seed for fall bell pepper and tomato transplants. Plant
palm trees now. In late July, start brassicas for the fall
garden.

Central/Midwest Gardening

Diligence pays off! You would be surprised at how
effectively hand-removal of pest insects and sick
vegetation prevents damaging infestations. Other defensive
measures include mulching to avoid soilborne diseases
spread by water splash, spacing plants for good air
circulation and watering early in the day — overnight
moisture provides a breeding ground for pests.

Weed regularly through July. Plant successive crops of
warm-season vegetables through early June, then switch to
cool-weather crops in July for a fall garden. Remember to
seed or plant some flowers. These will encourage bees and
other beneficials to visit, plus they’re beautiful to have
in your garden.

North Central and Rockies Gardening

June means warm-season vegetables, including green beans,
corn, cucumber, pepper, squash and tomato. The production
of warm-season vegetables in climates where temperatures
can dip below freezing at any time requires constant
vigilance. If the plants freeze, they die. This requirement
has been relaxed somewhat with the advent of new protection
technologies. Spun-fiber row covers, insulating tipis and
automatically opening cold frames offer gardeners freedom
from having to stay close enough to their gardens to
prepare for unexpected cold weather, without the commitment
and expense of erecting a greenhouse. These products also
help hasten the harvest, especially in areas where cool
nighttime temperatures slow plant growth. Early July is
time to start many cool-season fall crops including kale.
In harsh, high-altitude gardens, kale is one of the most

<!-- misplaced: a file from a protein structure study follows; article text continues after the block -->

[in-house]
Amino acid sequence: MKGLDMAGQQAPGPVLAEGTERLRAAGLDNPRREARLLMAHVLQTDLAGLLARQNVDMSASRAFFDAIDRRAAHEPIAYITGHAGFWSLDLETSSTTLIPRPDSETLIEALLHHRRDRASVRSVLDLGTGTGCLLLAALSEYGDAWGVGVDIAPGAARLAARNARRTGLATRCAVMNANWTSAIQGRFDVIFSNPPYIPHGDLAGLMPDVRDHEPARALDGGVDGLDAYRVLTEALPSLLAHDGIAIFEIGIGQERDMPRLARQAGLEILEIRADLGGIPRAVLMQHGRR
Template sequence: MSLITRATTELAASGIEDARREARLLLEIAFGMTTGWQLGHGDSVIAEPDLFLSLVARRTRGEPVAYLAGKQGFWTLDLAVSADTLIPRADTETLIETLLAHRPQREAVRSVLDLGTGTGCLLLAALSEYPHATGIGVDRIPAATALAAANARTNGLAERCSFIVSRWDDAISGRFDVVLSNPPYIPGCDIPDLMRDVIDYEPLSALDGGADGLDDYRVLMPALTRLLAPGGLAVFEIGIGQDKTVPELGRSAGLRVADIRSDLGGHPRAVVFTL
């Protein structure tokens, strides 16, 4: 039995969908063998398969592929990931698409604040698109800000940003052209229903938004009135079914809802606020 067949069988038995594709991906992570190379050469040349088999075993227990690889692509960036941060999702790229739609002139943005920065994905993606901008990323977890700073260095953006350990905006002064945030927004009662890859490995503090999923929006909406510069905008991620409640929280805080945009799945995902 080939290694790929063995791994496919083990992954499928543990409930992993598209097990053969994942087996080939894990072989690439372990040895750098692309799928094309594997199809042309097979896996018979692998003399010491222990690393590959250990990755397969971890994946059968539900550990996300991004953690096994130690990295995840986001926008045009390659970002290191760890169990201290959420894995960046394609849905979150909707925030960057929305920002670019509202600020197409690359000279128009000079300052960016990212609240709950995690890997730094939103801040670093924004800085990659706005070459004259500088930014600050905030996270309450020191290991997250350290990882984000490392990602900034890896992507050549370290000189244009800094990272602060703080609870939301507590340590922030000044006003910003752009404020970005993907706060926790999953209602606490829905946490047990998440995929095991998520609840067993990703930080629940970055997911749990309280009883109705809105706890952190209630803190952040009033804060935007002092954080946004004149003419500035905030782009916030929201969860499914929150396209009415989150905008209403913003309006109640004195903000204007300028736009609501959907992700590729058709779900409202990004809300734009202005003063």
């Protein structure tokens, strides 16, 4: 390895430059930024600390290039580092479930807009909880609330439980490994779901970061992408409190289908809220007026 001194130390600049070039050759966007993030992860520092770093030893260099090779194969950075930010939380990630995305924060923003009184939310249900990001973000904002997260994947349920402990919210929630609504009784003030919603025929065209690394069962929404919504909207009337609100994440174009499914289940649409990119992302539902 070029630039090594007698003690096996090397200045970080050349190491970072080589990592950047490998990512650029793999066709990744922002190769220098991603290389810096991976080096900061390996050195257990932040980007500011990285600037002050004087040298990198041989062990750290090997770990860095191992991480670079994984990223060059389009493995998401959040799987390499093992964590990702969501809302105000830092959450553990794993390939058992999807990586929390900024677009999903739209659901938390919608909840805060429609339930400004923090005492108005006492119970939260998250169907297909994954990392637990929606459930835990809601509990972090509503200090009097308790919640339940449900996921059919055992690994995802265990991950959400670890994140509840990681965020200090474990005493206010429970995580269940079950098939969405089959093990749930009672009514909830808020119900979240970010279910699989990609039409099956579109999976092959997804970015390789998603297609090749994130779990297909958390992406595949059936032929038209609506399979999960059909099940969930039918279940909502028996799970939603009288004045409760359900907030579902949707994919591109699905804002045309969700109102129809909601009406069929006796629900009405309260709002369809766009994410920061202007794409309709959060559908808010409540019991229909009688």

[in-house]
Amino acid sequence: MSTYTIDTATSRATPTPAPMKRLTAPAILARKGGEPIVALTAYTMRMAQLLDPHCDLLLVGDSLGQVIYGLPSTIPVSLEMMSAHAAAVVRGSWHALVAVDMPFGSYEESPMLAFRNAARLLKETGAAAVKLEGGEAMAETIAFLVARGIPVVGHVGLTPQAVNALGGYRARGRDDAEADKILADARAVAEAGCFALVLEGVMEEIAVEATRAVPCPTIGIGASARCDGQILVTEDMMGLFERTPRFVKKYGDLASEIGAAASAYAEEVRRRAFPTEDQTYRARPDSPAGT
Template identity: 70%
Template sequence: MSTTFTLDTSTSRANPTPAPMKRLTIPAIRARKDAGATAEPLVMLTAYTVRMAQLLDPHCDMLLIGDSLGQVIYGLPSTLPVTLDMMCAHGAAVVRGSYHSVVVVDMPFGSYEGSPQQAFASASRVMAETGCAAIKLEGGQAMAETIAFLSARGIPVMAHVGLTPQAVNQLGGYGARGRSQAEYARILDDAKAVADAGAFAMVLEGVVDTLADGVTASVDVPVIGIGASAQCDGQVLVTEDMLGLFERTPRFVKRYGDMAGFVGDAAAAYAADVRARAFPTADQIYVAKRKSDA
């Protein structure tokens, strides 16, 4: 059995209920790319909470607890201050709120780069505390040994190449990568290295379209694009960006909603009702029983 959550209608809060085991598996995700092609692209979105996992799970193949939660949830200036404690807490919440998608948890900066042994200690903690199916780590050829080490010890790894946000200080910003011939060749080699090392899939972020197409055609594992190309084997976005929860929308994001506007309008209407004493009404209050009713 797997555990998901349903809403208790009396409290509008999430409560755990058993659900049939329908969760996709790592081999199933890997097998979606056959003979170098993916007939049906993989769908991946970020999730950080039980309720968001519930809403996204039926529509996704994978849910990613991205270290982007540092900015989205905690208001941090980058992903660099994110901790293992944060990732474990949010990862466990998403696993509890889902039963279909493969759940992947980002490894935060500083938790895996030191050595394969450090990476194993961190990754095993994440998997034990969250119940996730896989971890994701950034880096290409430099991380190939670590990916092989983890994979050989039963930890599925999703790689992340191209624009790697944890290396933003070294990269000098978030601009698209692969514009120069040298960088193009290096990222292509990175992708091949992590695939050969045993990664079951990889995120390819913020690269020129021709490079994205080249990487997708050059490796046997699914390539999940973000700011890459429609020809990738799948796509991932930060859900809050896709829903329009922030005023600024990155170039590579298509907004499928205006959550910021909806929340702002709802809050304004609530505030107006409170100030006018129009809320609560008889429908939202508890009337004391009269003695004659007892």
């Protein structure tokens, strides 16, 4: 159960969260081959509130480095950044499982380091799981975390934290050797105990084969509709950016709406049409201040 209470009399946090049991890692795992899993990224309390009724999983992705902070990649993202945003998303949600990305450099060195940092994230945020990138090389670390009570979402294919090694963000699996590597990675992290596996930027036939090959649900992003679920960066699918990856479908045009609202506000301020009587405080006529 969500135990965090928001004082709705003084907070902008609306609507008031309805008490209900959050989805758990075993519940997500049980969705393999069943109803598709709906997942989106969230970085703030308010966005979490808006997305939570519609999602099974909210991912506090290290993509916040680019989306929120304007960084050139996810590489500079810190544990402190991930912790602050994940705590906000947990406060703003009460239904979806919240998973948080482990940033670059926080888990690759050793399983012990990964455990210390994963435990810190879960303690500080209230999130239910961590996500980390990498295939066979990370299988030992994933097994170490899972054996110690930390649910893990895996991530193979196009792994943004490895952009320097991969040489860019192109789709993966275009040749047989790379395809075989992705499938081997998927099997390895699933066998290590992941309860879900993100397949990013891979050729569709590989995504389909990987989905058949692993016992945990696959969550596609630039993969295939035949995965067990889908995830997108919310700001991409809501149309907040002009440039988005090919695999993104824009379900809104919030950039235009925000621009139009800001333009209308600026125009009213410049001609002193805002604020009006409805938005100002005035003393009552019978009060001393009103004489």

dependable sources for vitamins and minerals. Frost
improves its rich flavor, and the tasty leaves can be
harvested fresh and green under winter snow.

Pacific Northwest Gardening

Warm-weather plants are in and established. Now is the
perfect time to take a break from weeding and start the
winter garden. In June and July? Yes, we are fortunate to
be able to reap a bounty of food all winter in this region,
but the key is starting seeds in summer. By choosing
varieties with different days-to-maturity ratings, you can
even harvest food in the fall, winter and early spring, all
from one seeding. (Just remember to add extra time to those
numbers to compensate for shorter days and slower growth in
the fall.) As a bonus, insects tend to leave winter gardens
alone, and there’s no need to water once the rain starts.
Those are points to ponder in summer’s heat and drought.
Most cool-weather crops are suitable, but check regional
seed catalogs for specific winter-garden varieties and
growing instructions.

Southwest Gardening

This time of year brings to mind the old song “Summertime”
(when the living is easy). Sweet corn, green beans and
peppers are starting to ripen. Mulch does double duty by
reducing weeding and conserving water — always a
consideration in this arid area. Sow a second crop of the
quick-maturing vegetables that love summer heat and a late
crop of sweet basil to put away as pesto for fall and
winter. The kids might like to try planting peanuts, which
need a lot of heat to grow. Luffa sponges are fun to plant
now, too, and by autumn you will have sponges that will
make your skin tingle!


Our thanks to the following for their contributions to the
Almanac: Roberta Bailey, FEDCO Seeds,
Waterville, Maine; Cricket Rakita, Southern
Exposure Seed Exchange
, Mineral, Virginia;
Connie DamByl, William Dam Seeds, Dundas,
Ontario; Matt Barthel, Seed Savers
Exchange
, Decorah, Iowa; Bill McDorman,
Seeds Trust/High Altitude Gardens,
Hailey, Idaho;
Josh Kirschenbaum, Territorial Seed
Company
, Cottage Grove, Oregon; Rose
Marie Nichols McGee, Nichols Garden Nursery
,
Albany, Oregon; Craig and Sue Dremann, Redwood City
Seed Co.
, Redwood City, California; Dean
Lollis, Park Seed Co.
, Greenwood, South Carolina.